Plan in advance
Make sure to organize your winery trips beforehand. Typically, you can’t just walk into a winery and immediately be led to a tasting. When planning your trip, select where you want to go to wine taste ahead of time, make phone calls, send emails and create reservations when necessary. You wouldn’t want to fly all the way to your desired wine country and then not be able to taste, so do your research beforehand.
Learn a few wine-related words in the local language
Wouldn’t it be nice to be able to talk about tannins in French or Spanish? It will make you seem smarter and more cultured, after all. Plus, you may actually get what the tour guide is telling you if you’ve brushed up on your wine-related vocab, which is always a plus. At minimum, learn how to say red and white, plus stop or more. These four words can make all the difference!
Don’t overdo it
While it might seem fun to get tanked while wine-tasting, feeling ill during the bus ride home or having a mad hangover while sightseeing the next day may not be so great. You need to have your wits about you when traveling, so make sure to alternate wine with water and drink in moderation when tasting abroad.
Don’t wear white
This tip is appropriate for wine tasting in any scenario, not just abroad, but as you’ll be living out of a suitcase, you don’t want to ruin any outfits. Even if you carefully handle your reds, you never know when a drop will spurt from pouring, or someone may bump you. Wearing dark colors will cover any spills or accidents so you don’t look silly for the rest of the day (or trip) in case there’s a wine faux pas.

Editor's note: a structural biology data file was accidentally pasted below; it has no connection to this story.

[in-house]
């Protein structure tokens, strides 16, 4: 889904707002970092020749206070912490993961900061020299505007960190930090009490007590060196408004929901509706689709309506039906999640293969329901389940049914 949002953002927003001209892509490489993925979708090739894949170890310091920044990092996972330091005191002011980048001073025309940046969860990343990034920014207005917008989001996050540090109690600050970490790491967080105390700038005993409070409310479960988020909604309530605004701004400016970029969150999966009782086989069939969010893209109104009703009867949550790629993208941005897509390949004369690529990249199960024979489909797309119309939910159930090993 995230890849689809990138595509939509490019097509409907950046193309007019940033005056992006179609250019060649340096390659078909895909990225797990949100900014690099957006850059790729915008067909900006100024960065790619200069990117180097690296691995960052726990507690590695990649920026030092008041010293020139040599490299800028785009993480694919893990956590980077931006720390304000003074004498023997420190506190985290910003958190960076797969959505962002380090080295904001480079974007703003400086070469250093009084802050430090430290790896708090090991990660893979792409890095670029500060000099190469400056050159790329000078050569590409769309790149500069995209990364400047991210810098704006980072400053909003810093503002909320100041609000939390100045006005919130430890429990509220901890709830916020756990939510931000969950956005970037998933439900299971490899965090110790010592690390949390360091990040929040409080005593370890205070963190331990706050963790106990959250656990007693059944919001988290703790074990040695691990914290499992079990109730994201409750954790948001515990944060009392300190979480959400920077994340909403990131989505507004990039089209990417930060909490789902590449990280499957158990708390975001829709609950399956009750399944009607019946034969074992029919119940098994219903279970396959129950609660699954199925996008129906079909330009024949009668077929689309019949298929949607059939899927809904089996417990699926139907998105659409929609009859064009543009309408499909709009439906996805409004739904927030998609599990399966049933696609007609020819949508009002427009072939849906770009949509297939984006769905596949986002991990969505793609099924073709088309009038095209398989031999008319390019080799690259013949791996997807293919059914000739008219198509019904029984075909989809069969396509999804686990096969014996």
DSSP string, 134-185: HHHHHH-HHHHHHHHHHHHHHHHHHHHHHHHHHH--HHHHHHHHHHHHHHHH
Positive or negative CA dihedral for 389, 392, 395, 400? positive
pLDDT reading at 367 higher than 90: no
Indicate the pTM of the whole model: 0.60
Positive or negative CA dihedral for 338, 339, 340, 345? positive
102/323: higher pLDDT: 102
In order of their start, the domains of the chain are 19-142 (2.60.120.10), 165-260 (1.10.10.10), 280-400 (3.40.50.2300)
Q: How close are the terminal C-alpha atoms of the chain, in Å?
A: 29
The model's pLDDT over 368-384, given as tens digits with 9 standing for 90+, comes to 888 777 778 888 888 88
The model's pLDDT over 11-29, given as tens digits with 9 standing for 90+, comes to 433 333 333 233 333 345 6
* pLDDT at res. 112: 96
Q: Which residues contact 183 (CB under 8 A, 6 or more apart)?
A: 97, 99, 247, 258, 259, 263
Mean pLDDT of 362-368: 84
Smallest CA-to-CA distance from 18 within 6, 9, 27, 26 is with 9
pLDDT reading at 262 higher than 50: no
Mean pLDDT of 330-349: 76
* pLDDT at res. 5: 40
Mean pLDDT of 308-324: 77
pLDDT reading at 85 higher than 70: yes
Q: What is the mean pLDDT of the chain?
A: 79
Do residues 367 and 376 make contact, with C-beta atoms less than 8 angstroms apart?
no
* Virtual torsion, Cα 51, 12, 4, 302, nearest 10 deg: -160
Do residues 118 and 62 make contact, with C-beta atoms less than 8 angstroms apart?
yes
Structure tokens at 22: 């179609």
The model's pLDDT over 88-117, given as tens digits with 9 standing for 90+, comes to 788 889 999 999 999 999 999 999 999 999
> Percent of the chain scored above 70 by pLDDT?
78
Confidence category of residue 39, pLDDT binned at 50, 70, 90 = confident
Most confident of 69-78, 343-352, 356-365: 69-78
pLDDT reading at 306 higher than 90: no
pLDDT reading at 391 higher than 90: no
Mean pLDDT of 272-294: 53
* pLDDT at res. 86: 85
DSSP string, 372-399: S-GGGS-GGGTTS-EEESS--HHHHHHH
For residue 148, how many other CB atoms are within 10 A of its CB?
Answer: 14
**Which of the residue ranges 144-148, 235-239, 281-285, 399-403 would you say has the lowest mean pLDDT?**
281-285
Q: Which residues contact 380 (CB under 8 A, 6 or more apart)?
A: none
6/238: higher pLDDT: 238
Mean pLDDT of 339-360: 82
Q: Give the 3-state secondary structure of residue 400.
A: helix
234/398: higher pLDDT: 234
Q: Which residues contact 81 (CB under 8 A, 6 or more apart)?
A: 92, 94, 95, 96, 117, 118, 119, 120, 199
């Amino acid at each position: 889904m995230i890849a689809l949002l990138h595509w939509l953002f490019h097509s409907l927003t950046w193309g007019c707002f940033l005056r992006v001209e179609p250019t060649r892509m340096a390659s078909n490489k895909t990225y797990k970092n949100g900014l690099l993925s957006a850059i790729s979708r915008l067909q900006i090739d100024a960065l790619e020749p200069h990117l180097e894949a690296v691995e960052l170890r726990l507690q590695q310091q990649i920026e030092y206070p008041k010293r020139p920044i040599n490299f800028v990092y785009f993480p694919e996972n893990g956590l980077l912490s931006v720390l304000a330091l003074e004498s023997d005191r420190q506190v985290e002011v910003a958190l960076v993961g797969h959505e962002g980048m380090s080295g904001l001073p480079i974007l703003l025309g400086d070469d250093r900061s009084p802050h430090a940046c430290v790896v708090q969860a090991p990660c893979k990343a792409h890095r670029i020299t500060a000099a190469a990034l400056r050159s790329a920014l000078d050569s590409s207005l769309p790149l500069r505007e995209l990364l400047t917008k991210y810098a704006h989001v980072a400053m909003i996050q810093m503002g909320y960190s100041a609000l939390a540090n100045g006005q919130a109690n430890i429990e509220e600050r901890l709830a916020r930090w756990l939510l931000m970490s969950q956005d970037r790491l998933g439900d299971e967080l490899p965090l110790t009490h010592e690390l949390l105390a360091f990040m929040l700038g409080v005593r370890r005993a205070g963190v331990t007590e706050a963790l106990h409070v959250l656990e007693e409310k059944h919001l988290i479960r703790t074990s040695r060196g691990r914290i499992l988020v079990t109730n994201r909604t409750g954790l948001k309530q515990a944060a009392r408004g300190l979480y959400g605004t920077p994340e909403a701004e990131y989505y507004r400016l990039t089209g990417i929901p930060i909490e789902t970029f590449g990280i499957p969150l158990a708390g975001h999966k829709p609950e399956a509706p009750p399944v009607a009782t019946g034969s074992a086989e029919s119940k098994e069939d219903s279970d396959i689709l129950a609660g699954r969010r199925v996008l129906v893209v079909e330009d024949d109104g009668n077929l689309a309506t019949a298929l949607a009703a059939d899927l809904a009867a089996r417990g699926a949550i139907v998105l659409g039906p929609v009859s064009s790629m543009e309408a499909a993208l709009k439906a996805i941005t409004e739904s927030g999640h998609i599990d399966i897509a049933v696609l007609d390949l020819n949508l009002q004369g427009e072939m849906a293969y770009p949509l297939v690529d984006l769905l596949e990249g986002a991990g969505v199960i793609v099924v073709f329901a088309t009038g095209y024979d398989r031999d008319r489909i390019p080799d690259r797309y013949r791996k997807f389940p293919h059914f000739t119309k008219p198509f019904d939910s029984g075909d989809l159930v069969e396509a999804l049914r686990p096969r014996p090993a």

This could be true of drinking alcohol in any country under any circumstances, but driving when wine tasting abroad could have disastrous results, especially when you aren’t sure how your body will handle a foreign substance, are fighting jet lag or simply have had too much to drink. Dealing with local driving laws, regulations on driving while under the influence, or worse, hospitals or jails, are definite vacation-ruiners. Rather than have to figure out if you’re okay to navigate Spanish back roads after several Rioja varieties, avoid the situation altogether by organizing alternative transport – this goes back to the first point of carefully preparing your trip in advance.
Buy a bottle (or two)
Prices are usually much cheaper when buying directly from a winery or if you’re tasting at a shop, and they may offer a special discount for those participating in the tastings. Plus, it will be a great souvenir from your trip, and wine also makes a perfect gift for friends and family back home.
Wine tasting abroad is fun, so enjoy it! Take lots of photos and/or notes about your favorite wines to document your experience, or simply sip and savor. Setting your trip around key wine times like the harvest, around festivals like the wine-throwing festival in Haro, Spain, or to include special spots like the Frank Gehry-designed Marqués de Riscal winery and hotel in Elciego can make your visit even more amazing.